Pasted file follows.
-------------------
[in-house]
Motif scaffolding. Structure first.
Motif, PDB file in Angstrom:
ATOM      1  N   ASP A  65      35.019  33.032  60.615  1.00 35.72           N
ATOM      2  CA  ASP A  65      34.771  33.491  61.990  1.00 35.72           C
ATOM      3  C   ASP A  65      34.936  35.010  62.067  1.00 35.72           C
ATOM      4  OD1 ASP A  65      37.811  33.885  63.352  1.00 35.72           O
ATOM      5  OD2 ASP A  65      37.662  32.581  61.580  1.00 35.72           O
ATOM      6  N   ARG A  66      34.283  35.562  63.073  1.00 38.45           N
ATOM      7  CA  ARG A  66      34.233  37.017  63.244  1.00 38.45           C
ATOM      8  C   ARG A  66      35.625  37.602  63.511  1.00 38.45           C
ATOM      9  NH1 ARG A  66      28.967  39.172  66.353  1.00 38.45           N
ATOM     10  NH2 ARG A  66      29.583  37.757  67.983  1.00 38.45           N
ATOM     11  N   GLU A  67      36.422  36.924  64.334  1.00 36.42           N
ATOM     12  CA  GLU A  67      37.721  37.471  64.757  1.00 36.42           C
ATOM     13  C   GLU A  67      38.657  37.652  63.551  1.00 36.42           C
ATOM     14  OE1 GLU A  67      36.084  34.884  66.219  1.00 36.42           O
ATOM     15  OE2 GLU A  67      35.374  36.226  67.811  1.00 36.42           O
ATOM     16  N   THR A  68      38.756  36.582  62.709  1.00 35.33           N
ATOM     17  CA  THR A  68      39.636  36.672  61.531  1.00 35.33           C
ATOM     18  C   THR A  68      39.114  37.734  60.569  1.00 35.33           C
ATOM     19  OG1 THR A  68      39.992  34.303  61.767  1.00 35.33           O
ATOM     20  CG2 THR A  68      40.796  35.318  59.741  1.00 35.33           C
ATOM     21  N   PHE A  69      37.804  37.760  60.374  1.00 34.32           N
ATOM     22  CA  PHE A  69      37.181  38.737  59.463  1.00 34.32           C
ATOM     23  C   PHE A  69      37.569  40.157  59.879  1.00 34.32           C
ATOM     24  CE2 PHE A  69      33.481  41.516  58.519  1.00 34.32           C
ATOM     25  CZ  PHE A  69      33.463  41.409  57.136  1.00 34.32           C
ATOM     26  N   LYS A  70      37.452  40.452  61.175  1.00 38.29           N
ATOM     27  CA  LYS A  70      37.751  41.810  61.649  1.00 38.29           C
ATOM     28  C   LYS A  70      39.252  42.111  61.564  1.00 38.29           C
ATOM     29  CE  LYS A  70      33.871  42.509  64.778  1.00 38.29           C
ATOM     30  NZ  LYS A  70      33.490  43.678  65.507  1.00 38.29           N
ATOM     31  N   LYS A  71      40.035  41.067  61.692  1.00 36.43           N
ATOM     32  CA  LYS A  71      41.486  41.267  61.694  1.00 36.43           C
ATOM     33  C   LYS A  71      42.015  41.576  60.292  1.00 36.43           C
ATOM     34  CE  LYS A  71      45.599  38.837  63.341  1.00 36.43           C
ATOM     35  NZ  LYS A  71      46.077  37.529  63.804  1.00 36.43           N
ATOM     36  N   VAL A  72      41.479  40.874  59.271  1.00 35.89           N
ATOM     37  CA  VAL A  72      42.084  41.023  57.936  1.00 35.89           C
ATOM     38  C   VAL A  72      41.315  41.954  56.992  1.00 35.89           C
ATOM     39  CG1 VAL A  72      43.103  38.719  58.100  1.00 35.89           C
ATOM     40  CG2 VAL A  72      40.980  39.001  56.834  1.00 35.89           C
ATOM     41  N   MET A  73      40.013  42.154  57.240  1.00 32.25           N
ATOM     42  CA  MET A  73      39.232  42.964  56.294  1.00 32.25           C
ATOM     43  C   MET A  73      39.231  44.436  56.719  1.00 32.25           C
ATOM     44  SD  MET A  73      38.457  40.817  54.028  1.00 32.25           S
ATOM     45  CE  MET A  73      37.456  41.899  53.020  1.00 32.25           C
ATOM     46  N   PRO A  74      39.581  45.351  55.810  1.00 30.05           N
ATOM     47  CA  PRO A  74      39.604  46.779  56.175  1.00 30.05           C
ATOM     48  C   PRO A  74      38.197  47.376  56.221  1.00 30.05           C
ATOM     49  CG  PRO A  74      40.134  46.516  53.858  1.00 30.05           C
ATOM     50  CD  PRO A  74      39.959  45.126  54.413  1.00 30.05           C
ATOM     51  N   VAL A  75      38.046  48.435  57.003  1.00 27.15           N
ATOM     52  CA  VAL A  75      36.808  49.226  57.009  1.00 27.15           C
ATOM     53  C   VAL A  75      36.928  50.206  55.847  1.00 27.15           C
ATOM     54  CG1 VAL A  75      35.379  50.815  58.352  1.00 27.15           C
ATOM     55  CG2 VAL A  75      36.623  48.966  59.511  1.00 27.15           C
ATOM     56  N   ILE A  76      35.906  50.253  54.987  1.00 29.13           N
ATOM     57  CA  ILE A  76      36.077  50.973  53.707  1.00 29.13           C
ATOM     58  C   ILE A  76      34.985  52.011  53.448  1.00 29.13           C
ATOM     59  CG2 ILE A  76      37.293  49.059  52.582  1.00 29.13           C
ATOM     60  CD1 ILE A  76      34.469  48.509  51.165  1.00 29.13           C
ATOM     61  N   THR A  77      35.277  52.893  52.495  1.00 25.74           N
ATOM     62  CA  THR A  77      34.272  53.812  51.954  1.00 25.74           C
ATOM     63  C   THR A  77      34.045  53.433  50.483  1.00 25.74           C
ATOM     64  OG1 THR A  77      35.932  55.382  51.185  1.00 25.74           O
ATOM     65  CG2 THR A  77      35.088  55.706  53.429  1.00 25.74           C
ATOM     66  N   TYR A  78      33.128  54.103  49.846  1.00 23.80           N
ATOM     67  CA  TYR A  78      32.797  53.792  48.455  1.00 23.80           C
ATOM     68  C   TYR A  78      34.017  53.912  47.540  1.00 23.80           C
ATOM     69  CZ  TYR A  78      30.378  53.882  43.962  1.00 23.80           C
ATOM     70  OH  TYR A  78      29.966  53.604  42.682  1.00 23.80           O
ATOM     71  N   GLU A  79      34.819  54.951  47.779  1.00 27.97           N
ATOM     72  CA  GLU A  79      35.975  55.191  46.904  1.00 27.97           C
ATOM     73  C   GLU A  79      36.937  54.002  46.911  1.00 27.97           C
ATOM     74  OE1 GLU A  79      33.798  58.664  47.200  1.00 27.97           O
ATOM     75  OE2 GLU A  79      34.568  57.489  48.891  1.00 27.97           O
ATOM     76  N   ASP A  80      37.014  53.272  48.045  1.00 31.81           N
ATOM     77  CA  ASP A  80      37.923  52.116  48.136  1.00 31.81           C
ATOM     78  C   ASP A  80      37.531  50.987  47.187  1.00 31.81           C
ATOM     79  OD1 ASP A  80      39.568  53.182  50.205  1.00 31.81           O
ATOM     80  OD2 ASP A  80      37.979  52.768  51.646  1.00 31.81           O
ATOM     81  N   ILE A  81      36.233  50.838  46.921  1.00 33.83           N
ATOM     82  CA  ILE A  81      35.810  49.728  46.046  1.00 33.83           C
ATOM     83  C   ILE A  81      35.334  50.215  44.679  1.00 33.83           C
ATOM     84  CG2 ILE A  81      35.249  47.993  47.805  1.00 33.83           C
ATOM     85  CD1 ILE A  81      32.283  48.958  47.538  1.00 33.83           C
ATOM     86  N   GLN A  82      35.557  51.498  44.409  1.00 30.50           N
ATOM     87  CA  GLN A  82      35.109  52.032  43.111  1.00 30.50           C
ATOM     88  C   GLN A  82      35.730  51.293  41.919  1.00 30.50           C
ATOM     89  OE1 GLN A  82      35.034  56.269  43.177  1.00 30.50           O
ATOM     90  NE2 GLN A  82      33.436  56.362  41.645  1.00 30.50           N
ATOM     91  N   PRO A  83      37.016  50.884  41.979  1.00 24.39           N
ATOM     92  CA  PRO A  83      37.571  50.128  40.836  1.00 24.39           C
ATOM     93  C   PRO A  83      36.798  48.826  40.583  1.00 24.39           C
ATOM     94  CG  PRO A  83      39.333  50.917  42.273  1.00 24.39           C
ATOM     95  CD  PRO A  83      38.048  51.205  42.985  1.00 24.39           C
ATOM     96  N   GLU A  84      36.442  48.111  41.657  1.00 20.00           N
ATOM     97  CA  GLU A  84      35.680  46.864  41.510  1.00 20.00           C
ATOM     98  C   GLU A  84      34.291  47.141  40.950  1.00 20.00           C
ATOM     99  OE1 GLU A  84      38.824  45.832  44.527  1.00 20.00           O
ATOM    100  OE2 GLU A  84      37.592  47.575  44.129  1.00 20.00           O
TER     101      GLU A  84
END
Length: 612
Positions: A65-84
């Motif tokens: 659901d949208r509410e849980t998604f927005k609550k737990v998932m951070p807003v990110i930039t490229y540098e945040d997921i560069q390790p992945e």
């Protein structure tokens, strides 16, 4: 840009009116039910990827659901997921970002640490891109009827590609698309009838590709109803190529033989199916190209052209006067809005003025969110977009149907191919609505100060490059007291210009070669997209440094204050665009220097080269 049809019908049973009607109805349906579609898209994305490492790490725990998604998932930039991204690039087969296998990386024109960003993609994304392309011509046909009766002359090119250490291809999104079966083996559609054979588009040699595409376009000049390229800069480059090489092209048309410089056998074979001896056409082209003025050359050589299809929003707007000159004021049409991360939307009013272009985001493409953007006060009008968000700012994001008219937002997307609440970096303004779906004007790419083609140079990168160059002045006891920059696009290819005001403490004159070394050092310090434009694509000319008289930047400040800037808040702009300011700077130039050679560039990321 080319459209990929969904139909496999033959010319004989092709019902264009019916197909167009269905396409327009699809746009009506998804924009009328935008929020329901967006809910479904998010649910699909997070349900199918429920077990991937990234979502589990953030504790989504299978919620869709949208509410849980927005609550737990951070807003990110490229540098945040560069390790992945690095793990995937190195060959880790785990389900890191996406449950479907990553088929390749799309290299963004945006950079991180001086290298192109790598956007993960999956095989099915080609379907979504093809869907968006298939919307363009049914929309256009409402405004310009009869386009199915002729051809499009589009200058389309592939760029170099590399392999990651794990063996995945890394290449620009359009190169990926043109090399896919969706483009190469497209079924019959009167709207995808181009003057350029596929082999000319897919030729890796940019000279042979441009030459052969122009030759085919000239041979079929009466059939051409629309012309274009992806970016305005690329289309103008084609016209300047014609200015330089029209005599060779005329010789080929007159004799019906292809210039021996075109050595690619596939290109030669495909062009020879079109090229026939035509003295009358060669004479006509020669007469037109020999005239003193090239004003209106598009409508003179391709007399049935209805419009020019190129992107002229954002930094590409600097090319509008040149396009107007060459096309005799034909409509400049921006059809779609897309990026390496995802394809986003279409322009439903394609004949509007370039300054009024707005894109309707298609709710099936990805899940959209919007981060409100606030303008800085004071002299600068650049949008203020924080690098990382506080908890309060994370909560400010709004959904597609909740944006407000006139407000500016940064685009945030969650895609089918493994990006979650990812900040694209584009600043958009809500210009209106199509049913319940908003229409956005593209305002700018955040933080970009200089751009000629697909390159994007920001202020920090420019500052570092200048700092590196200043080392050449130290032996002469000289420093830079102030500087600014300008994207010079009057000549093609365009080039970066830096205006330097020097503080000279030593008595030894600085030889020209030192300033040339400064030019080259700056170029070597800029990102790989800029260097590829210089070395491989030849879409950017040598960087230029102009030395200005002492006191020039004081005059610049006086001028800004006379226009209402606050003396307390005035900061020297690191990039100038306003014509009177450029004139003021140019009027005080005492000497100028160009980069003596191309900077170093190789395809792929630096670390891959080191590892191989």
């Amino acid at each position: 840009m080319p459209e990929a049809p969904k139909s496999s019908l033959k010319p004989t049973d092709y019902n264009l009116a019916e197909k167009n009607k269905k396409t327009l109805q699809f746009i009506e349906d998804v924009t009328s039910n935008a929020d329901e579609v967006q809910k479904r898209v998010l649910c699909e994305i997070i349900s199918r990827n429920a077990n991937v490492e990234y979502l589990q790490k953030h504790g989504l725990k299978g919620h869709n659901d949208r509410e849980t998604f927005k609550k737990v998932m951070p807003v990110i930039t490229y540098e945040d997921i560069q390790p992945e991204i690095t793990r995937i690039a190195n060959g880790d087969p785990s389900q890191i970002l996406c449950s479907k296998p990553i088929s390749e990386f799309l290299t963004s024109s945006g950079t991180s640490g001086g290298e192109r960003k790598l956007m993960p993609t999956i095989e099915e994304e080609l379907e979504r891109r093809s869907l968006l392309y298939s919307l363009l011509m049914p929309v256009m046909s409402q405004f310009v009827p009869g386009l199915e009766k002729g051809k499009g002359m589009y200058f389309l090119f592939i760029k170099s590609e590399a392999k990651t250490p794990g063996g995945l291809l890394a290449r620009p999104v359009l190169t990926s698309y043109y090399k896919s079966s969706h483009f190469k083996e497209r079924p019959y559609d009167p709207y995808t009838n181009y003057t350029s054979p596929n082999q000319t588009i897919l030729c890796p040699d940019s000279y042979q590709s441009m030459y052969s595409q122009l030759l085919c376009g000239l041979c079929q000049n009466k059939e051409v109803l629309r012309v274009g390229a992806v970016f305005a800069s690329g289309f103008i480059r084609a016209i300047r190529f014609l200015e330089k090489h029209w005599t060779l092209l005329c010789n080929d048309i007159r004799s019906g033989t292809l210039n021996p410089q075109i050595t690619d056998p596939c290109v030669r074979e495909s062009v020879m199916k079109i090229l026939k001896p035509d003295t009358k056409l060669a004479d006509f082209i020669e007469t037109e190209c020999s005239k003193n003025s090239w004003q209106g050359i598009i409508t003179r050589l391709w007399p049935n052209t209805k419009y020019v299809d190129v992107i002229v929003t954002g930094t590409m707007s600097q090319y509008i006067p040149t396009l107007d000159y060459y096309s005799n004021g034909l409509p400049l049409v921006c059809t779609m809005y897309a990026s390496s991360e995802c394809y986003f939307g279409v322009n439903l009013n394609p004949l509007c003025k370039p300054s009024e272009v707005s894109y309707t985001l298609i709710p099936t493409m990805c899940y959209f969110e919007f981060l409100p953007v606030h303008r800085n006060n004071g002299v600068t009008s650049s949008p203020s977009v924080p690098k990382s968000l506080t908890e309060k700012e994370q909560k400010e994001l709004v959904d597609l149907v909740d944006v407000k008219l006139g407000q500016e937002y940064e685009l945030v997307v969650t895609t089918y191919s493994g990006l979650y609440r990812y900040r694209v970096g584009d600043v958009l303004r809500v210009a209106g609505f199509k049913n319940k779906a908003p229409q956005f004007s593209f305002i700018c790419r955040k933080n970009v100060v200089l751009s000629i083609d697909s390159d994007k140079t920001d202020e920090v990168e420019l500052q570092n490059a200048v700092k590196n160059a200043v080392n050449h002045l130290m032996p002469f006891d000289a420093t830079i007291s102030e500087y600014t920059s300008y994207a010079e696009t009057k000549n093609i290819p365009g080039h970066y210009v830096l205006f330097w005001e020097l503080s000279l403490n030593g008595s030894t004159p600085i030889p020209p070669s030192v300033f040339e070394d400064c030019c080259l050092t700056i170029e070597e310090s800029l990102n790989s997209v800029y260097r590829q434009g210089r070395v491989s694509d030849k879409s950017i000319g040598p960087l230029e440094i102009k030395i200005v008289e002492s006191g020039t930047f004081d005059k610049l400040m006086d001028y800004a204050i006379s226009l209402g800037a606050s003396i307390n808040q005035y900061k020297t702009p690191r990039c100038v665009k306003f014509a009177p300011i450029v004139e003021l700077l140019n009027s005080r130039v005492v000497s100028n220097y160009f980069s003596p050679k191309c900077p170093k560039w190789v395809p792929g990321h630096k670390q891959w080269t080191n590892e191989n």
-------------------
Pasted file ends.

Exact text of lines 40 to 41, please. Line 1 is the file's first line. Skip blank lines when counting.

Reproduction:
ATOM     37  CA  VAL A  72      42.084  41.023  57.936  1.00 35.89           C
ATOM     38  C   VAL A  72      41.315  41.954  56.992  1.00 35.89           C